Nine killed, dozens hurt after bus crashes down I-84 embankment - KPTV - FOX 12

Nine killed, dozens hurt after bus crashes down I-84 embankment

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Nine people were killed and dozens more were hurt when a charter bus crashed through a guardrail and plummeted down a 200-foot embankment Sunday near Pendleton.

An icy, snowy roadway is being cited as a possible factor as to why the charter bus lost control near milepost 227 on Interstate 84 as it was heading westbound.

All 39 survivors on board the buses were taken to the hospital.

The stretch of road is called Cabbage Hill, but Oregon State Police said it's also known as "Deadman Pass."

The Oregon Department of Transportation has issued warnings to truck drivers about that area because of its extreme hills combined with treacherous weather during the winter.

Pendleton firefighters said they are called out to crashes on Cabbage Hill every winter, but this scene was still shocking to them.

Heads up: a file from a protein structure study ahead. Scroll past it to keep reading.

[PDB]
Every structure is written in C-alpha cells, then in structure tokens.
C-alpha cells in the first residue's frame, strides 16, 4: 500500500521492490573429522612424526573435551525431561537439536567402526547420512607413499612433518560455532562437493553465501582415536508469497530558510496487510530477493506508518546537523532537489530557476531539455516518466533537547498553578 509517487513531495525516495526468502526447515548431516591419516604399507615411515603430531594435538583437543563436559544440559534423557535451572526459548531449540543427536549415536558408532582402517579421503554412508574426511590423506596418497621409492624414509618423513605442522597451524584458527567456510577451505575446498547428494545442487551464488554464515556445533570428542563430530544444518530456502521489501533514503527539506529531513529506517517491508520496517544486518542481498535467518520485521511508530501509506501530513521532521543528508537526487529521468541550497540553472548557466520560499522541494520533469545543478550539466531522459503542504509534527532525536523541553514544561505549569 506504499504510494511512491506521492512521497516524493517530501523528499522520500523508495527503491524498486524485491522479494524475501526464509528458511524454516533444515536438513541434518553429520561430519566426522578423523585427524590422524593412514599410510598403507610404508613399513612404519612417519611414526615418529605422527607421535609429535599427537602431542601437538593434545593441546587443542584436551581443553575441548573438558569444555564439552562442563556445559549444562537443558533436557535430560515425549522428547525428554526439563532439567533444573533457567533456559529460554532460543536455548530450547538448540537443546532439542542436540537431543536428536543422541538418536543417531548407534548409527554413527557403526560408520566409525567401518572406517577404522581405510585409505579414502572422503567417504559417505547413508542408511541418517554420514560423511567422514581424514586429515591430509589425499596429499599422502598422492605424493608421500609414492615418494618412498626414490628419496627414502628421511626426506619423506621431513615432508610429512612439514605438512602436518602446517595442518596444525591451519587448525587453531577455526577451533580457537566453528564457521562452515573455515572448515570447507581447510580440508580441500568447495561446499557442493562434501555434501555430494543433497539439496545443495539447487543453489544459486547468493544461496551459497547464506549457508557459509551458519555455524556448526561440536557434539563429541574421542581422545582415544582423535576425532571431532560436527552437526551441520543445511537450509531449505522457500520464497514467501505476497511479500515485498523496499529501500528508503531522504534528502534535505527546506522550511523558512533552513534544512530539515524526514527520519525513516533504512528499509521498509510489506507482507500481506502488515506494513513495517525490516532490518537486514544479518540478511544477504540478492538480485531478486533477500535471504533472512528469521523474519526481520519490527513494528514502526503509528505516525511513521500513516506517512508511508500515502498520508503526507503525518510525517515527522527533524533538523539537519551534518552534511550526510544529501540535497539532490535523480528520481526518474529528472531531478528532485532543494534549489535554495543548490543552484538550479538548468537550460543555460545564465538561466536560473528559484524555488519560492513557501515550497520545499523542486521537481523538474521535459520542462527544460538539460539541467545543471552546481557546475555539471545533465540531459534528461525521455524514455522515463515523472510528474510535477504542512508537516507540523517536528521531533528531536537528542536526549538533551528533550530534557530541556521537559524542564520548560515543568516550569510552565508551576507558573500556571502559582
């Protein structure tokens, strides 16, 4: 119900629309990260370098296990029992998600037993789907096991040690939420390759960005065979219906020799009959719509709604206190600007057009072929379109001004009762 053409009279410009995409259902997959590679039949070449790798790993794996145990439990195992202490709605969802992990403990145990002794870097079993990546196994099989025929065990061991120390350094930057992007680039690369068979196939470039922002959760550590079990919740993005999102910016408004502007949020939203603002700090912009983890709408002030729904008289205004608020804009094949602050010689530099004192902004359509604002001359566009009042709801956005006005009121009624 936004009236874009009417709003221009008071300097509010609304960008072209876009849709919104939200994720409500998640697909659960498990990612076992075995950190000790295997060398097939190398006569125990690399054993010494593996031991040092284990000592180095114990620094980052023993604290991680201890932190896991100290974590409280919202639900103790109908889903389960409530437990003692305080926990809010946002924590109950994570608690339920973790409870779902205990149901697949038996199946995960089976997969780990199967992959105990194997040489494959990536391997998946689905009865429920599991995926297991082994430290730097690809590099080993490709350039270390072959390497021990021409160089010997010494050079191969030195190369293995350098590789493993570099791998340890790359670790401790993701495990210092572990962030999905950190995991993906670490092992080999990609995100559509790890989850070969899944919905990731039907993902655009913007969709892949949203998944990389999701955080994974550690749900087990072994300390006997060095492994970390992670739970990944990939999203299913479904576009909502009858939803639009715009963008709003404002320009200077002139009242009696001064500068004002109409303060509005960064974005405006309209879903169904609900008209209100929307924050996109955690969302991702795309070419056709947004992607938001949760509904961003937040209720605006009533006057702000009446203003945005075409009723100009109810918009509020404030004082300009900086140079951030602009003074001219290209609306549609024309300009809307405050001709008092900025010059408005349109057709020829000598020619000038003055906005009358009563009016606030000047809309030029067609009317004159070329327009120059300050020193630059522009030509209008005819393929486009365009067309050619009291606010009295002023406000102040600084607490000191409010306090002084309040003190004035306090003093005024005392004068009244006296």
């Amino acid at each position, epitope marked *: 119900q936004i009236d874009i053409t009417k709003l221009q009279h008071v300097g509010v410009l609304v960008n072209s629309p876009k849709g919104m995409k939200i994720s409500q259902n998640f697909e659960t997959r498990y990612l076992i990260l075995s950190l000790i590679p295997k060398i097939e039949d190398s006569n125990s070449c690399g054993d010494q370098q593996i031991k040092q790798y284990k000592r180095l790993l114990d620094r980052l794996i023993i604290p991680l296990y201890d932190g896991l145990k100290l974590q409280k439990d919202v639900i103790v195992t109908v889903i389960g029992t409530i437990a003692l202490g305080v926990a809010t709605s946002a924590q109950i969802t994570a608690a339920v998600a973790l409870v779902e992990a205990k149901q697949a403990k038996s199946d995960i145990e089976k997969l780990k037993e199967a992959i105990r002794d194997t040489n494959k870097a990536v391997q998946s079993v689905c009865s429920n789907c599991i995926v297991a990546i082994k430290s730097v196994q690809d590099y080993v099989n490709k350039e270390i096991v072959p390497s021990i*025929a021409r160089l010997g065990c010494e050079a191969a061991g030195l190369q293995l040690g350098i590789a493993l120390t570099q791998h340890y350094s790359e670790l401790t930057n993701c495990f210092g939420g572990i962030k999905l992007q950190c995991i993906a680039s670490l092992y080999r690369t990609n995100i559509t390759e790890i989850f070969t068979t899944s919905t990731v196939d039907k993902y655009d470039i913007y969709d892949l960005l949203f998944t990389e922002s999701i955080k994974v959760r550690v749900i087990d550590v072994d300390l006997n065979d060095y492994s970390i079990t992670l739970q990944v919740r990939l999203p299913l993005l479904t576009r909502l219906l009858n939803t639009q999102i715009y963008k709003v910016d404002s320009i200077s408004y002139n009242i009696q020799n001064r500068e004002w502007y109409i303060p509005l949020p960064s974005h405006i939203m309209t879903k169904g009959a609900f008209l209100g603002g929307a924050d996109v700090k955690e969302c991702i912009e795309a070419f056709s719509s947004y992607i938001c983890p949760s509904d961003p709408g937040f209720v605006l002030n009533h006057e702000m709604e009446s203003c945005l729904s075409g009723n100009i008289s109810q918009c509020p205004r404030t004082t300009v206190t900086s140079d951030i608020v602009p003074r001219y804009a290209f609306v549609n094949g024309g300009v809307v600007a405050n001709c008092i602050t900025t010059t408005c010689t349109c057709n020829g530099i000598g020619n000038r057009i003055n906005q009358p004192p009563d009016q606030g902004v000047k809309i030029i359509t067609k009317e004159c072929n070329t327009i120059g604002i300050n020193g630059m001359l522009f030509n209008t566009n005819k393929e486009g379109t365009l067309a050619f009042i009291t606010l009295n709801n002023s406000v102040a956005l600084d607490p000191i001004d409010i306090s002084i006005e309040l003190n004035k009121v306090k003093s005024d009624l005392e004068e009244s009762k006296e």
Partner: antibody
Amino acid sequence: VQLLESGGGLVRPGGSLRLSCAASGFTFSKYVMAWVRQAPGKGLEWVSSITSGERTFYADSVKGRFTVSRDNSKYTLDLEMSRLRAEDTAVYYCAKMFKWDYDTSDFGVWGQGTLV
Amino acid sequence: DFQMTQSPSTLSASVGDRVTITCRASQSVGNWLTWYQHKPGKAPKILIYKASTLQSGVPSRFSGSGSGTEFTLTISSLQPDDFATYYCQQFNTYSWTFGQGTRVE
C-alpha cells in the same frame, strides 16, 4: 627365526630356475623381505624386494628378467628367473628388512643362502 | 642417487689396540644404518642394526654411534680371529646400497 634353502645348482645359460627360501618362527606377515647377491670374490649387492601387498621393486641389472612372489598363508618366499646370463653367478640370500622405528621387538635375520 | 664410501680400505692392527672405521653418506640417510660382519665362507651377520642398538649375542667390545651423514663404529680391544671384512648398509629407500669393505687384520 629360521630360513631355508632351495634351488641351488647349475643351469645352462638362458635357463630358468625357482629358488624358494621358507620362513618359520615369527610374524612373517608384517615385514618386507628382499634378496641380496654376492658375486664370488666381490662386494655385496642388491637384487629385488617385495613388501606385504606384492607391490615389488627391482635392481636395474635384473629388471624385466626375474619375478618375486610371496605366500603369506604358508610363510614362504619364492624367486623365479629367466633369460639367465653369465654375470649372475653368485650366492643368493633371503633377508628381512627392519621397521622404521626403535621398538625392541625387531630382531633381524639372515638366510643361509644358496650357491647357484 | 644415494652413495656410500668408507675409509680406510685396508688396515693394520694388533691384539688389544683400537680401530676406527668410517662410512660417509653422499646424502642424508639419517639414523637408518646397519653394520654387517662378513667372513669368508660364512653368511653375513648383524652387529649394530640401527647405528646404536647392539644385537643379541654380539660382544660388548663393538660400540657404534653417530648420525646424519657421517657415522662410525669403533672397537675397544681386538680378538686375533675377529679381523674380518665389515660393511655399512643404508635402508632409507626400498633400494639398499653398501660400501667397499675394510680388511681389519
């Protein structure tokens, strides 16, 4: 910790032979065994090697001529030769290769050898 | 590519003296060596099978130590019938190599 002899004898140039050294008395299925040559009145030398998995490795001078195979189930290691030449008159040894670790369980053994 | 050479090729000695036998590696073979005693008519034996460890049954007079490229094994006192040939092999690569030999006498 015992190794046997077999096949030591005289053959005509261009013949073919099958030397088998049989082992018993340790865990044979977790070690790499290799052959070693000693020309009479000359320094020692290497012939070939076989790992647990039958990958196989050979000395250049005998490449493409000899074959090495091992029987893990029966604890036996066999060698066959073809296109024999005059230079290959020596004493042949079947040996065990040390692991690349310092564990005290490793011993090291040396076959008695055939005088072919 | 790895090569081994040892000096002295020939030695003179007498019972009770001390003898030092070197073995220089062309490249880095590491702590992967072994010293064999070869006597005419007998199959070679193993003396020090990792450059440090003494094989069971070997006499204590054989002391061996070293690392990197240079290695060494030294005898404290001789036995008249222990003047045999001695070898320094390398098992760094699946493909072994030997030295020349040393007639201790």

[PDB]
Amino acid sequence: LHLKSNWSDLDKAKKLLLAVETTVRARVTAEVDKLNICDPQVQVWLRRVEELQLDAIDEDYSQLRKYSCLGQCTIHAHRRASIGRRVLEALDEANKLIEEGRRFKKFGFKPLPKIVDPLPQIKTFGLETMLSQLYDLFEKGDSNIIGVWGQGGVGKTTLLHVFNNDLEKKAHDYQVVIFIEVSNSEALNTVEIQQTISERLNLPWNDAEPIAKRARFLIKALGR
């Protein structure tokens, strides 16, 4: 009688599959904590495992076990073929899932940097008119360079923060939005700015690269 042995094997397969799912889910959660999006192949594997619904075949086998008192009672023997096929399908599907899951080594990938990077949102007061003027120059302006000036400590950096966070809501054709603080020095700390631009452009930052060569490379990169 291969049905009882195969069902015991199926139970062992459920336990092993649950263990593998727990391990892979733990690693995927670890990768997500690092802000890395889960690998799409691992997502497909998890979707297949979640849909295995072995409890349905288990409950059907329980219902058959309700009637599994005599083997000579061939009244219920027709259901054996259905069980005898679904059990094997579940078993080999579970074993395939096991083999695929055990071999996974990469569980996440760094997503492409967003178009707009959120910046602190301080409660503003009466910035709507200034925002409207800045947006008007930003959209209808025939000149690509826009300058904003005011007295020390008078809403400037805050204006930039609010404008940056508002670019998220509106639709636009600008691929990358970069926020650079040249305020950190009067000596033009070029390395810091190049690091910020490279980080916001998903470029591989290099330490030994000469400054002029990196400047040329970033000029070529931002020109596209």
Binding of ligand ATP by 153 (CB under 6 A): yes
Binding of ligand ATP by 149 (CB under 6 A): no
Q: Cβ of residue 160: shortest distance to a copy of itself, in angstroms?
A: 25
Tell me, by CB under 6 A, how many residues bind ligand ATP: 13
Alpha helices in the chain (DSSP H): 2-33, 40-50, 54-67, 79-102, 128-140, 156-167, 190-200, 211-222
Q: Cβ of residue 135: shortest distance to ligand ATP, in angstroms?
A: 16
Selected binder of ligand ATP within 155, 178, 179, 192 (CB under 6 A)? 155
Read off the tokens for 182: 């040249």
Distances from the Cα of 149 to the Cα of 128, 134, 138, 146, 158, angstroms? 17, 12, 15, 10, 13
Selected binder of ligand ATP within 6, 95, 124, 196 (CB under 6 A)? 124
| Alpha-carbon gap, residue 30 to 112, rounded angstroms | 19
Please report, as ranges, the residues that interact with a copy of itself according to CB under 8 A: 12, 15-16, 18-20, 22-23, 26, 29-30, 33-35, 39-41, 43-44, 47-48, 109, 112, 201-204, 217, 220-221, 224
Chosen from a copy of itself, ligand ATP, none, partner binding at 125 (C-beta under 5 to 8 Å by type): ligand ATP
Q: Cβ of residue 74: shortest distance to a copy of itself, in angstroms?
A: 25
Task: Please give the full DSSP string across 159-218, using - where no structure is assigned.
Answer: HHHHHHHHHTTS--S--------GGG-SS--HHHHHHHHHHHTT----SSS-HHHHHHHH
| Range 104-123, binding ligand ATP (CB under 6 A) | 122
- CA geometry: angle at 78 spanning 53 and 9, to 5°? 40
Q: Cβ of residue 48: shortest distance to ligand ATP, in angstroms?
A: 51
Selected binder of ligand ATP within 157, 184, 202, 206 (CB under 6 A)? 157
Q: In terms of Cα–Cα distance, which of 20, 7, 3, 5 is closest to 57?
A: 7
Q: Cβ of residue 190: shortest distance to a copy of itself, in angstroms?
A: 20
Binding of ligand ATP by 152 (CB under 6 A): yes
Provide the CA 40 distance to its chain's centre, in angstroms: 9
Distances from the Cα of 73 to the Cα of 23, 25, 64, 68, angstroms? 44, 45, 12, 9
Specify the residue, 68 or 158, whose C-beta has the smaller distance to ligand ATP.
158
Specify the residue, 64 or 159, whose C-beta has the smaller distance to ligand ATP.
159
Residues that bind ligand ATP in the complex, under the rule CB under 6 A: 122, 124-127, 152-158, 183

"I've been a firefighter for 20 years and this is the first time I've seen anything like this," said Pendleton firefighter Steve Brost.

The bus was carrying foreign exchange students from South Korea, who are living with host families in Vancouver, B.C., and northwest Washington.

Oregon State Police said the bus was returning to British Columbia from a trip to Las Vegas when it crashed. The bus belongs to Mi Joo Tour and Travel out of Vancouver, B.C., according to investigators.

The company did not provide a comment when contacted by Fox 12.

The Red Cross set up a shelter at the Pendleton Convention Center Sunday evening. The organization was paying for hotels for the survivors who were released from the hospital.

One survivor at the shelter described the situation after returning from the hospital.

"Me and my brother got out of the bus and we saw many people spread in the snow," he said. "We find some people who alive, who died."

Many of the people who were onboard the bus do not speak English. Crews contacted a Korean translator in Pendleton who responded to help with the flow of communication.

"Without him, these victims may not have been able to communicate," said Red Cross spokeswoman Casey White-Zollman.

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